He was the only member of the party to survive and he reached Timbuktu on 13 August 1826. He was disappointed in the run-down city, left on 22 September and disappeared.

In 1827 the French consul Baron Jean-Baptiste Rousseau claimed to have a history of Timbuktu which would become the essential text for historians. He put the city’s founding in 1116 by a woman, Buktou, who provided hospitality to merchants. Tribes called her home Tni-Buktou, (tni being the possessive) and a vast city grew from that.

France published information in 1828 which Warrington assumed was from Laing’s reports.

Rene Caillie went to Africa in 1824, crossed the Niger and joined a caravan to Timbuktu which he found disappointing. Interrogated in Paris by the French Society of Geography, he was given prize money and a medal, to be shared with Laing, and his account of his travels in 1830 made him famous. The British said it was another lie and Warrington broke off diplomatic relations.

Rebels trashed Timbuktu throwing out hundred-year-old documents. Haidara told journalists of the papers found and said the jihadists threatened the future. Shamil, head of The University of Cape Town’s Tombouctou manuscripts, said he had no faith in the rebels. Scholars pleaded for protection of the manuscripts and received support from most universities.

Haidara and others moved precious documents to safety. Appeals for funds from South African Muslims received no response. When he returned he found the capital in chaos and formed a Crisis Committee, which was disrupted by the jihadists. UNESCO accepted sixteen mausoleums as World Heritage Sites. Haidara said all manuscripts should be hidden in Bamako.

The Royal Geographical Society was formed and in 1832. William Cooley exposed an explorer’s books and initiated enquiry into West African history. He published Negroland of the Arabs, an account of the historical geography of sub-Saharan Africa.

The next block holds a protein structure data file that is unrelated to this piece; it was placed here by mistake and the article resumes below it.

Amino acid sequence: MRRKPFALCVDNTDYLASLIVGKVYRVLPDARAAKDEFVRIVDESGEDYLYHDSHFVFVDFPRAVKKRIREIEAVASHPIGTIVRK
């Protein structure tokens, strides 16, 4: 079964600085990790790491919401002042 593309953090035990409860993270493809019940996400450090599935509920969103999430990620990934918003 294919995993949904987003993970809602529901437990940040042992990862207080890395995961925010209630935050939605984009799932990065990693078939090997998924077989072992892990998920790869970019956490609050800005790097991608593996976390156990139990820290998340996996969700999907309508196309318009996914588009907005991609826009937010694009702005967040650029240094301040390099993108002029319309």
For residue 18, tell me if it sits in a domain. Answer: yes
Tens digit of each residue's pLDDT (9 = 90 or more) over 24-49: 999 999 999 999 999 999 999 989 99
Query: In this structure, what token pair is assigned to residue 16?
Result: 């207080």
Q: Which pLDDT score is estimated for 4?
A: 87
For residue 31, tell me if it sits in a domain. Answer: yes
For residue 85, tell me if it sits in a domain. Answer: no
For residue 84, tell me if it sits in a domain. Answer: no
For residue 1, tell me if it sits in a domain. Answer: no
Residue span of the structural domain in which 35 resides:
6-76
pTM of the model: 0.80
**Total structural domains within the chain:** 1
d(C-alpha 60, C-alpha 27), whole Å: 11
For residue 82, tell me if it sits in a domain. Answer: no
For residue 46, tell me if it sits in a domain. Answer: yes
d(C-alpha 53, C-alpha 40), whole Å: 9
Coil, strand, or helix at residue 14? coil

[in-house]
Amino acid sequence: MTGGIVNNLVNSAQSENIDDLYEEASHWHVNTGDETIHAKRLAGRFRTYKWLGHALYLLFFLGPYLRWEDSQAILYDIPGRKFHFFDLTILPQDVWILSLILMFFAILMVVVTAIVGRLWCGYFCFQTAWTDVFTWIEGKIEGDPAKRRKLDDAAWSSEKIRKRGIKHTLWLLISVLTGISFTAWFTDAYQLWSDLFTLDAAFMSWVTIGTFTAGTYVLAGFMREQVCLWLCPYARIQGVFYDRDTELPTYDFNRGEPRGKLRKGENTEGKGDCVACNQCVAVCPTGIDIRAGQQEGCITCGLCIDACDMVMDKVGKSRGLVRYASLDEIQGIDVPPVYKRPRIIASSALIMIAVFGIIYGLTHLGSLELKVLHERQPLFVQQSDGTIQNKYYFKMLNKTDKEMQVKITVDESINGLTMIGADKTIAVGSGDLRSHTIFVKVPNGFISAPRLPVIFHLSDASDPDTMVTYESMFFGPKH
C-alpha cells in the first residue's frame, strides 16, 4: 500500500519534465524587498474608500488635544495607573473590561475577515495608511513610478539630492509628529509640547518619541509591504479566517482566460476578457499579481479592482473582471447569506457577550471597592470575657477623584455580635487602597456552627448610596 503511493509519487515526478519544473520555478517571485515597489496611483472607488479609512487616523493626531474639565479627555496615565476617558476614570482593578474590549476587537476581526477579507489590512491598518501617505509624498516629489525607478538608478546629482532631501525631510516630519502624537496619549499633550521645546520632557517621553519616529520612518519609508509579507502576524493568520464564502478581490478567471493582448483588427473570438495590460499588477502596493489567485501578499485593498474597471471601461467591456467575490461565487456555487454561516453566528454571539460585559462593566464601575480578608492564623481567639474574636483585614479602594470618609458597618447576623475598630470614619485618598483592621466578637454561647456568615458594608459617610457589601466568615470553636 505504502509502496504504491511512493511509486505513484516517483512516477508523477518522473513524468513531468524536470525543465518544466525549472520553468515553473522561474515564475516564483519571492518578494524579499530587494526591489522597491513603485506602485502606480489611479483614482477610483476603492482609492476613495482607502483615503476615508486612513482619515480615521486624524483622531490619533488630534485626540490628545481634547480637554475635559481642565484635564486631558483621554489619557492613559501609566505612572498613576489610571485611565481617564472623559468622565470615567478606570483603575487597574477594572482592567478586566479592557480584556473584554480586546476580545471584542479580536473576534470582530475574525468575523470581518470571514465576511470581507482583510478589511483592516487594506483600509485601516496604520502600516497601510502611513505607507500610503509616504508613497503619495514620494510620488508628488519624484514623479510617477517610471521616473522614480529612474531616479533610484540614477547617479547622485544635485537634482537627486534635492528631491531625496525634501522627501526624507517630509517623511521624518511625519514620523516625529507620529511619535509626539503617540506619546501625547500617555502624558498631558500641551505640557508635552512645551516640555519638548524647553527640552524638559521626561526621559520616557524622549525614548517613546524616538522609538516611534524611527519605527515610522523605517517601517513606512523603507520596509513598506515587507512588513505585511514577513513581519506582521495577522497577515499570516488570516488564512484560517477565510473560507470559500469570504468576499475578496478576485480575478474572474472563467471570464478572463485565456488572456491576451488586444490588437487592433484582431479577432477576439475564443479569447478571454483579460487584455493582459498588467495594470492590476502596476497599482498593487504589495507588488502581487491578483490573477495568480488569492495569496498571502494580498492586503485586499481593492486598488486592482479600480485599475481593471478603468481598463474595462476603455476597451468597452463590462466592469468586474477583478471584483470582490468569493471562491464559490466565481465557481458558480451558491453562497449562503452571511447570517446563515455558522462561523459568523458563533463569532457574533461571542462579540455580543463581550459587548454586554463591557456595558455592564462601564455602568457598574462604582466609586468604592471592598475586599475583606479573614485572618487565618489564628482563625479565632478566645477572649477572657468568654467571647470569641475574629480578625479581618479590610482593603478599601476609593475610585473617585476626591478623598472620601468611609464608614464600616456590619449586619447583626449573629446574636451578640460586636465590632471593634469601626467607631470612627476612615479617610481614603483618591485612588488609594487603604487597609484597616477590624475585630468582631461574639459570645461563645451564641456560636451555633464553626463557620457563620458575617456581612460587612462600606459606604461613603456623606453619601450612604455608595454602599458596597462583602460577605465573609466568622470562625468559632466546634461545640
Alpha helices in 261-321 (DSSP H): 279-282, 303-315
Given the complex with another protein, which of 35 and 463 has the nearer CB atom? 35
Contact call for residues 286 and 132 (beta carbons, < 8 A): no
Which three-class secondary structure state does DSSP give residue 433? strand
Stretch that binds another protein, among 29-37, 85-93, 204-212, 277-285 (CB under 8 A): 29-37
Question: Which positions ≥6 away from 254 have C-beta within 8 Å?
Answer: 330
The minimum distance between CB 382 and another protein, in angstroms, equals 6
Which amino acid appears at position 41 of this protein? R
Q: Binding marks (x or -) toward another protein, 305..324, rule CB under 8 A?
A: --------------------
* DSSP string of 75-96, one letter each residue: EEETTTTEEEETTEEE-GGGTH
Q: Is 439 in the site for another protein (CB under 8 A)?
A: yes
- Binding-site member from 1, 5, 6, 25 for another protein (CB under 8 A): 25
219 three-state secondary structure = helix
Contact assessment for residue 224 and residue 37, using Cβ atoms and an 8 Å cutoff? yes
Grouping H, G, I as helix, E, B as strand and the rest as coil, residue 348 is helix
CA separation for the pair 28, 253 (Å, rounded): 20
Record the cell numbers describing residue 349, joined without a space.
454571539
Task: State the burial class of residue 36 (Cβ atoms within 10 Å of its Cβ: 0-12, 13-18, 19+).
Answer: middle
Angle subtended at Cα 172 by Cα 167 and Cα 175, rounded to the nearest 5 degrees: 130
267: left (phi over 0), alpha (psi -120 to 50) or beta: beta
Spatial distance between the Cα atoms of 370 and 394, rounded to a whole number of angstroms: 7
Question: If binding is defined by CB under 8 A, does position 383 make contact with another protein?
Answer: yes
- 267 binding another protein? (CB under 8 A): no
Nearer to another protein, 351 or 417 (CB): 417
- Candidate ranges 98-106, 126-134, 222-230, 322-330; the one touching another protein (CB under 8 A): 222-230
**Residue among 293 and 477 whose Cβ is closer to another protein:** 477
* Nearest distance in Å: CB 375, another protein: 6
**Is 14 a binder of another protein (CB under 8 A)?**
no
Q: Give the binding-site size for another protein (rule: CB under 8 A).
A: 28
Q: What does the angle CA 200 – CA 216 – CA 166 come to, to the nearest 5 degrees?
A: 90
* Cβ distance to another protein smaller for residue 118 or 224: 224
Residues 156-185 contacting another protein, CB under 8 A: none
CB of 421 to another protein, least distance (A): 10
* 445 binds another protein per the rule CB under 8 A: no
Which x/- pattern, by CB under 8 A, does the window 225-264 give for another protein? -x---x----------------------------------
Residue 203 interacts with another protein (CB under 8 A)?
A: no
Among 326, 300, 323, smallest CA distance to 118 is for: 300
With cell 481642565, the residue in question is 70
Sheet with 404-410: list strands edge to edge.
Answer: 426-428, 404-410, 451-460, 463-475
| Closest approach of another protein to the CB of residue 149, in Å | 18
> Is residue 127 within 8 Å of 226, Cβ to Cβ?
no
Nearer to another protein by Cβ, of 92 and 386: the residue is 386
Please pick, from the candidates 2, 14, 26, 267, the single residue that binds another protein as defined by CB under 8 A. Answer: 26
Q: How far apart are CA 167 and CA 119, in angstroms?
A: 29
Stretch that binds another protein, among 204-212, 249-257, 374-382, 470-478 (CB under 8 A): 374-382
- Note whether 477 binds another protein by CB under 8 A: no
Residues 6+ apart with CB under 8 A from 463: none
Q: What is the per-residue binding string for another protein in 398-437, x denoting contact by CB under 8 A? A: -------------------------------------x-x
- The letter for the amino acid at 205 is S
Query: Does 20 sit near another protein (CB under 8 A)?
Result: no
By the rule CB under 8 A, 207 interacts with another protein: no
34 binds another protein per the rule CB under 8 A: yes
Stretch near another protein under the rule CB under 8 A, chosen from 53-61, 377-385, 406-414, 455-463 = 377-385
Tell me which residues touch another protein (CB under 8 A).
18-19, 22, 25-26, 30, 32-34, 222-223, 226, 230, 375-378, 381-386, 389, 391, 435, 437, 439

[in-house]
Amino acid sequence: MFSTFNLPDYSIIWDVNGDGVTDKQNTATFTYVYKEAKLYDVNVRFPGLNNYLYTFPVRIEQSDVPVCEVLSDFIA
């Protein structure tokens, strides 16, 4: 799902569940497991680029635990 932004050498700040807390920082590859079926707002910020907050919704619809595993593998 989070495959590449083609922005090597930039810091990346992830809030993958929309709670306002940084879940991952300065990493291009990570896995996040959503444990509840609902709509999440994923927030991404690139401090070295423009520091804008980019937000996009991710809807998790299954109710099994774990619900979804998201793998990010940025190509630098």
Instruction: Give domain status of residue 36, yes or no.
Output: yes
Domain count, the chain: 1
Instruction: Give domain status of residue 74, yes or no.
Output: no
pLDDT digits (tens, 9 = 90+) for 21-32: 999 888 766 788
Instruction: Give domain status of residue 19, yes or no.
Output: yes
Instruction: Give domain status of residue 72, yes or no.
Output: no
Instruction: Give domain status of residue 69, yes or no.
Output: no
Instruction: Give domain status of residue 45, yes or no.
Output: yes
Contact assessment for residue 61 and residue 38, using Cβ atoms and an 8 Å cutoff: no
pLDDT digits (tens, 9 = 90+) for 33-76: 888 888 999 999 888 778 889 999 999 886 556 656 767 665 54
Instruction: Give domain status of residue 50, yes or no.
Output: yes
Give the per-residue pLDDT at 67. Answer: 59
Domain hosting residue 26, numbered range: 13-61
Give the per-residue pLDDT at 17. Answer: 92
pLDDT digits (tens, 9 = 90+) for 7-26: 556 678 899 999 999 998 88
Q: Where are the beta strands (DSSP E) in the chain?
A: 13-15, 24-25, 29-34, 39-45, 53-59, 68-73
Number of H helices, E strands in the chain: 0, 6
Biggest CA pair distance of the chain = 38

In 1850 Heinrich Barth went on a five-year expedition with Richardson’s mission. Richardson died and Barth travelled to the Niger. He proceeded to Timbuktu, and in 1853 rode in the footsteps of Caillie. He made momentous discoveries about Songhay and found a history of Sudan.

A Timbuktu-born scholar, al-Sadi, became imam and administrator of Timbuktu in 1854 and produced a broad sweep of history. Timbuktu’s scholars were religious leaders who possessed divine grace.

Musa Mansa became the first ruler and his successors continued for 100 years until Malian power faded and others ruled. Eventually Abi Bakr al-Turi took the throne and established Songhay as the largest empire in West Africa.

Barth said the chronicles would be one of the most important additions to the history of mankind. He studied manuscripts and sent notes to the German Oriental Society in Leipzig.

Jihadists became the sole authority in northern Mali and continued to destroy Timbuktu’s tombs with hoes and pick axes. Eight hundred manuscripts were moved out, about two-thirds of the collection. Haidara received 30 000 dollars for moving them.